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Consider the following piece of code for reading the contents of the file into a buffer

#include <stdio.h>
#include <sys/types.h>
#include <sys/stat.h>
#include <fcntl.h>
#include <unistd.h>
#define BLOCK_SIZE 4096

int main()
{
   int fd=-1;
   ssize_t bytes_read=-1;
   int i=0;
   char buff[50];
   //Arbitary size for the buffer?? How to optimise.
   //Dynamic allocation is a choice but what is the
   //right way to relate the file size to bufffer size.

   fd=open("./file-to-buff.txt",O_RDONLY);
   if(-1 == fd)
   {
      perror("Open Failed");
      return 1;
   }

   while((bytes_read=read(fd,buff,BLOCK_SIZE))>0)
   {
      printf("bytes_read=%d\n",bytes_read);
   }

   //Test to characters read from the file to buffer.The file contains "Hello"
   while(buff[i]!='\0')
   {
      printf("buff[%d]=%d\n",i,buff[i]);
      i++;
      //buff[5]=\n-How?
   }
   //buff[6]=`\0`-How?
   close(fd);
   return 0;
}

Code Description:

  • The input file contains a string "Hello"
  • This content needs to be copied into the buffer.
  • The objective is acheived by open and read POSIX API's.
  • The read API uses a pointer to a buffer of an*arbitary size* to copy the data in.

Questions:

  • Dynamic allocation is the method that must be used to optimize the size of the buffer.What is the right procedure to relate/derive the buffer size from the input file size?
  • I see at the end of the read operation the read has copied a new line character and a NULL character in addition to the characters "Hello". Please elaborate more on this behavior of read.

Sample Output

bytes_read=6

buff[0]=H

buff[1]=e

buff[2]=l

buff[3]=l

buff[4]=o

buff[5]=

PS: Input file is user created file not created by a program (using write API). Just to mention here, in case if it makes any difference.

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There is no NULL character. You propably meant the character NUL (aka '\0') which is the same as the integer 0. –  alk Nov 10 '12 at 13:11
    
Read regarding 1 "line feed" (aka LF, '\n'), "carrige return" (aka CR, '\r') and 2 "0-termination" of strings in C. –  alk Nov 10 '12 at 13:14
    
Yes, I meant buff[6] has \0 –  Vivek Nov 10 '12 at 13:14
    
At first,I use echo Hello > file-to-buff.txt to generate the test file,and found a '\n' was added to the end.Then I use vi to create a new file with context "Hello",and also a '\n' too.It's so strange! –  prehistoricpenguin Nov 10 '12 at 13:58
1  
@Vivek27:I found that vim will automatically add '\n' to the end of file.And if we use echo -n Hello > file-to-buff.txt,there won't be a '\n' in the end of the file. –  prehistoricpenguin Nov 10 '12 at 15:04
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4 Answers

up vote 4 down vote accepted

Since you want to read the whole file, the best way is to make the buffer as big as the file size. There's no point in resizing the buffer as you go. That just hurts performance without good reason.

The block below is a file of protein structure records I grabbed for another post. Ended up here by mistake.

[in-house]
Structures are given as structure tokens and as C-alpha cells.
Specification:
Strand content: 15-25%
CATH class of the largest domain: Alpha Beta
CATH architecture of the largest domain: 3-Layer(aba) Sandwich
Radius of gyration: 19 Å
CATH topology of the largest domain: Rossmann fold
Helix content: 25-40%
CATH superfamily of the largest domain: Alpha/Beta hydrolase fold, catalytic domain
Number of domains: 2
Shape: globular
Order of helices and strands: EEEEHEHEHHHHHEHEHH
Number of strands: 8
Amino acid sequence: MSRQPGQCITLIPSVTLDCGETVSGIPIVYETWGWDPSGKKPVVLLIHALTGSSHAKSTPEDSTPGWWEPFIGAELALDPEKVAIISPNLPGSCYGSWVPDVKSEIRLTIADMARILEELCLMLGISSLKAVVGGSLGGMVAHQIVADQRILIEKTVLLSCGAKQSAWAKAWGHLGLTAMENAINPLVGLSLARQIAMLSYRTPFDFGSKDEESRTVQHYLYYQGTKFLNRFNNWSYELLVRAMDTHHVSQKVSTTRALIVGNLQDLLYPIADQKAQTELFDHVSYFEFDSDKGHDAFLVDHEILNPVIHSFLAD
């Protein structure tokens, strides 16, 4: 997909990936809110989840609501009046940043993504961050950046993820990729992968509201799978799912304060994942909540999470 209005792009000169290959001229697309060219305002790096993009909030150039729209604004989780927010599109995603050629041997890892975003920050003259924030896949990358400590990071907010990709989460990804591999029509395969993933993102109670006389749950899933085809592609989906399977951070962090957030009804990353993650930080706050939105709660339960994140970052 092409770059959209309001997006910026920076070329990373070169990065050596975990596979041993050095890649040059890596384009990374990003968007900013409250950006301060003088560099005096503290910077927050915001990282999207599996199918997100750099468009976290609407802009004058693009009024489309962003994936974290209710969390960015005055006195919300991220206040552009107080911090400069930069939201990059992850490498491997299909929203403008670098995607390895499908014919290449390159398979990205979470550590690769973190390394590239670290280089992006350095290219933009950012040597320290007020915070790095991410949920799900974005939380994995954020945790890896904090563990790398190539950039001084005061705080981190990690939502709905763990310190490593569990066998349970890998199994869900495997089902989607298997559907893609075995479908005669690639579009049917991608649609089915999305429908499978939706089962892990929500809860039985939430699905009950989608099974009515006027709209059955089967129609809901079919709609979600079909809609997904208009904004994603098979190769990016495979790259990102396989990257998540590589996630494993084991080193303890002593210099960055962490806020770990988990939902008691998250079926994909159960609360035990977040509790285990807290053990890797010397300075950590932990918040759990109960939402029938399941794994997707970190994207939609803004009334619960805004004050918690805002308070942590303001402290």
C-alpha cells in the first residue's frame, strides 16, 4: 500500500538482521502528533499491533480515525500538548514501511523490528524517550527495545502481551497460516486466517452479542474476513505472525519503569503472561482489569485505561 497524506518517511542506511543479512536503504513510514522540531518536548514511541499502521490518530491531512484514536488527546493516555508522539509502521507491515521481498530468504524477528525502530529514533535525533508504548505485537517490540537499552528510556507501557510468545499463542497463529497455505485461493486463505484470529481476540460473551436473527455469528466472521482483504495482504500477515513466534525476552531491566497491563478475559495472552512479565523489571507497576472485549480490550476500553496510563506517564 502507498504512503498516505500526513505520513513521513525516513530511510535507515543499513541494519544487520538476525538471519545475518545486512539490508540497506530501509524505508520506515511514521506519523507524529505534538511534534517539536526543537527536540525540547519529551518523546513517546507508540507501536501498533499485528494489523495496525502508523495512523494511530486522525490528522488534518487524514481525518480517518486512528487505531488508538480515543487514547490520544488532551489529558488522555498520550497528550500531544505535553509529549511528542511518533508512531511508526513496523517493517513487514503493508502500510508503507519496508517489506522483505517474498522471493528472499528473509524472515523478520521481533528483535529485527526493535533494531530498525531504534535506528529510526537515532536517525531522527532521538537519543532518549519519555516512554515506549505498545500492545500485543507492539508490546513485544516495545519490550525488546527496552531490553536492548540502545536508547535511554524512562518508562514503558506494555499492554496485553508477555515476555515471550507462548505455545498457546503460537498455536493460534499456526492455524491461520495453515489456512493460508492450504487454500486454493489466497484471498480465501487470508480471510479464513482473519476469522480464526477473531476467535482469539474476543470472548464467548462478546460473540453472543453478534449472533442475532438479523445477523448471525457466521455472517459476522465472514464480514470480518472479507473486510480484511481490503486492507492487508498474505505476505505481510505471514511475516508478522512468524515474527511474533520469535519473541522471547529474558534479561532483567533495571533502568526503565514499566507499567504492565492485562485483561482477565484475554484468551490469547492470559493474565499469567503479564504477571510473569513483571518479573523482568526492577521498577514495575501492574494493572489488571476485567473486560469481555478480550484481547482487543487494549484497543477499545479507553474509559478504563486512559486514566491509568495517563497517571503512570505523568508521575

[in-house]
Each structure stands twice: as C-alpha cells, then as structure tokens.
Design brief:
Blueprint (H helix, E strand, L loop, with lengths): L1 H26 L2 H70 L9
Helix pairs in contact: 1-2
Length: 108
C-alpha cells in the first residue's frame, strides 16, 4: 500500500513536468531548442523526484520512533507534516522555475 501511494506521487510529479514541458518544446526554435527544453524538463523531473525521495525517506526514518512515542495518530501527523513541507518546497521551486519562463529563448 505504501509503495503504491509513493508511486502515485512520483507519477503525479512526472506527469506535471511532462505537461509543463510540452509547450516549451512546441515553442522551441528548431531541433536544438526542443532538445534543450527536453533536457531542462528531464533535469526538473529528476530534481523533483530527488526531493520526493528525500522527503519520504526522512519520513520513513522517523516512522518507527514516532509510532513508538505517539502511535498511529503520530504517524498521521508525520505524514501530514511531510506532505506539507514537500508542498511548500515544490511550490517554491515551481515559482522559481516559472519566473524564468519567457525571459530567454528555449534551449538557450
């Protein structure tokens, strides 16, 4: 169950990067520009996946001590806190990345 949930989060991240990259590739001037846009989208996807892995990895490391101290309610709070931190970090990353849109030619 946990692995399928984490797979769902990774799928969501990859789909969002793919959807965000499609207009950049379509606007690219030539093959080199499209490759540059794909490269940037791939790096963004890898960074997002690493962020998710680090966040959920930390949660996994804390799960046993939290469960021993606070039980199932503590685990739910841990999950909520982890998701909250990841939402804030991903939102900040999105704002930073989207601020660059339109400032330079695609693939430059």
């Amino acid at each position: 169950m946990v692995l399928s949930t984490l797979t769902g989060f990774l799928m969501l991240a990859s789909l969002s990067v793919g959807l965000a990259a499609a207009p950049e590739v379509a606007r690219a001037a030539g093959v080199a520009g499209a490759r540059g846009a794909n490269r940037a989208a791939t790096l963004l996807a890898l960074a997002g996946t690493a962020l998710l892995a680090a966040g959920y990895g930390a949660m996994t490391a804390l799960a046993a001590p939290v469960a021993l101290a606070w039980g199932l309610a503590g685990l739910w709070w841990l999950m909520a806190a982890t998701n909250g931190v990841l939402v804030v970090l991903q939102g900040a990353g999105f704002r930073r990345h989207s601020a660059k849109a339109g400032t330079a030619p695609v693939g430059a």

You can get the file size in several ways. The quick-and-dirty way is to lseek() to the end of the file:

// Get size.
off_t size = lseek(fd, 0, SEEK_END); // You should check for an error return in real code
// Seek back to the beginning.
lseek(fd, 0, SEEK_SET);
// Allocate enough to hold the whole contents plus a '\0' char.
char *buff = malloc(size + 1);

The other way is to get the information using fstat():

struct stat fileStat;
fstat(fd, &fileStat); // Don't forget to check for an error return in real code
// Allocate enough to hold the whole contents plus a '\0' char.
char *buff = malloc(fileStat.st_size + 1);

To get all the needed types and function prototypes, make sure you include the needed header:

#include <sys/stat.h> // For fstat()
#include <unistd.h>   // For lseek()

Note that read() does not automatically terminate the data with \0. You need to do that manually, which is why we allocate an extra character (size+1) for the buffer. The reason why there's already a \0 character there in your case is pure random chance.

Of course, since buf is now a dynamically allocated array, don't forget to free it again when you don't need it anymore:

free(buff);

Be aware though, that allocating a buffer that's as large as the file you want to read into it can be dangerous. Imagine if (by mistake or on purpose, doesn't matter) the file is several GB big. For cases like this, it's good to have a maximum allowable size in place. If you don't want any such limitations, however, then you should switch to another method of reading from files: mmap(). With mmap(), you can map parts of a file to memory. That way, it doesn't matter how big the file is, since you can work only on parts of it at a time, keeping memory usage under control.

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You seldom need <sys/types.h> these days. It used to be crucial, but in this millennium the main headers ensure <sys/types.h> is included if they need information from it. –  Jonathan Leffler Nov 10 '12 at 15:46